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Tiger Woods Falls Out of Golf World Rankings Top 100 for 1st Time Since 1996

Rory Marsden@@roomarsdenFeatured ColumnistMarch 30, 2015

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Tiger Woods has crashed out of the world's top 100-ranked golfers for the first time since 1996, the year before his maiden major win.

The 14-time major winner has been in steep decline in recent times, and the latest official world rankings have him at No. 104, one place behind Danish youngster Thorbjorn Olesen.

Woods holds the record for most time spent at No. 1 after holding the top spot for 683 weeks during his storied career, but Rory McIlroy now occupied the post, per OWGR:

Golf World Rankings
RankingPlayerNationality
1Rory McIlroyNIR
2Henrik StensonSWE
3Bubba WatsonUSA
4Jordan SpiethUSA
5Jason DayAUS
6Adam ScottAUS
7Dustin JohnsonUSA
8Sergio GarciaESP
9Jim FurykUSA
10Jimmy WalkerUSA
104Tiger WoodsUSA
OWGR

Widely regarded as one of golf's all-time greats, Woods has not won a major since the 2008 U.S. Open.

The ensuing period has seen him embroiled in personal and professional controversy, and his form on the golf course has been wildly inconsistent, with fitness a major issue.

At the Phoenix Open in late January he carded an 82, his worst round as a professional, and Woods has not competed since withdrawing from the Farmers Insurance Open at Torrey Pines in early February.

However, an appearance at the year's first major, April's Masters, could be in the cards for Woods, per his official website: "I hope to be ready for the Masters, and I will continue to work hard preparing for Augusta."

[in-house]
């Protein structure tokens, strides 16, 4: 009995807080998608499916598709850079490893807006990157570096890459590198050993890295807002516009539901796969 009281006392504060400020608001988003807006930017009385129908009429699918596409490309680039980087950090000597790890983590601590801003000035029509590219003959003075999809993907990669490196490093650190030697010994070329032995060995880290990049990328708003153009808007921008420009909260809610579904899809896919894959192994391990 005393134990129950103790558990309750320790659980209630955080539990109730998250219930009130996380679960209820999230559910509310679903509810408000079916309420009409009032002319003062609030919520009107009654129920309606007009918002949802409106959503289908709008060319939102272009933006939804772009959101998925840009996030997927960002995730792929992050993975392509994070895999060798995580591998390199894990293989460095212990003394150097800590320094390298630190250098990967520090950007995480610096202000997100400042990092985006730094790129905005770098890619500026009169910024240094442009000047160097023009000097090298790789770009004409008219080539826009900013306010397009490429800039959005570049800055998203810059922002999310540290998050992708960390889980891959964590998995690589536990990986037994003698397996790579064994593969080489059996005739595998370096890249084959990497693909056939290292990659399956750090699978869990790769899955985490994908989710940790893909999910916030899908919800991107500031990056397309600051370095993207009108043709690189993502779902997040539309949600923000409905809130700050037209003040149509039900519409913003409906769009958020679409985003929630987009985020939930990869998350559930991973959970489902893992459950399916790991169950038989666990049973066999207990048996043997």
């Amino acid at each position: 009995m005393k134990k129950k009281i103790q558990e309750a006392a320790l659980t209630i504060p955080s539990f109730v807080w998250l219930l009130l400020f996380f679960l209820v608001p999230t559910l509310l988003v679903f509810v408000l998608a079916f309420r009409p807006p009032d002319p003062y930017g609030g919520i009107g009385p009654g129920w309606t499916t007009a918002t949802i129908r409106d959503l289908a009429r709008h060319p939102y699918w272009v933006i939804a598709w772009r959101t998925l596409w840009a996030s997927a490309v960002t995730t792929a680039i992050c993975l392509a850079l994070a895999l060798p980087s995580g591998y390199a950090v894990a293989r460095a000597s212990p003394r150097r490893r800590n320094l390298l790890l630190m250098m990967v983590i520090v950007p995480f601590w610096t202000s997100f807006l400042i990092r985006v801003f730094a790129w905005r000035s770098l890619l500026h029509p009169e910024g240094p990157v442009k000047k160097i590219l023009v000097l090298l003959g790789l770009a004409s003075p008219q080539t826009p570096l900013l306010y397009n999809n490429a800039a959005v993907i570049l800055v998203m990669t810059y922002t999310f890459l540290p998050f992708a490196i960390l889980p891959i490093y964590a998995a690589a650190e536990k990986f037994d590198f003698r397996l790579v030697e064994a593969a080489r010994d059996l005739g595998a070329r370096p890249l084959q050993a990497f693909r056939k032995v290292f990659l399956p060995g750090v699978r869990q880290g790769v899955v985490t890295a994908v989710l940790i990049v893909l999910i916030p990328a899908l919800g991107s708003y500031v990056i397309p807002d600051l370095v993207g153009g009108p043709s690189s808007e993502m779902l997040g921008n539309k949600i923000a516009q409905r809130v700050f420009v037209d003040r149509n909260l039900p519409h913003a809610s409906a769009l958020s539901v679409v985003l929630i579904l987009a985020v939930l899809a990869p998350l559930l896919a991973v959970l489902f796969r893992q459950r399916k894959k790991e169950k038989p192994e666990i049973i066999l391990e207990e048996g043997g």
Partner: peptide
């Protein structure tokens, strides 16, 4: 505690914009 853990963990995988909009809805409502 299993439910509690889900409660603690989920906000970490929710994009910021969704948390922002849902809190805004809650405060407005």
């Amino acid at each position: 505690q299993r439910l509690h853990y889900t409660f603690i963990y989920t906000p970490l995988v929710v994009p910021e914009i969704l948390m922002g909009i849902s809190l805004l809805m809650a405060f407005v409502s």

A decent performance amidst Augusta's azaleas could halt the 39-year-old's decline and would be good news for golf in general given Woods' standing and popularity in the game.

As ESPN's Gene Wojciechowski notes, the sight of Woods ranked so low is something of an oddity:

Gene Wojciechowski @GenoEspn

I understand all the reasons for the plummet in the rankings, but it's still really weird to see Tiger Woods at No. 104.

Not since he was ranked No. 225 in September 1996 has Woods been out of the golf's top 100, and his phenomenal 12-shot Masters victory just seven months later would be the first of four green jackets.

While a fifth Augusta victory seems unlikely in 2015's Masters, a return to some kind of decent form would be welcome, this latest ignominy being a stark mark of how far Woods—arguably the greatest golfer of all time—has fallen.

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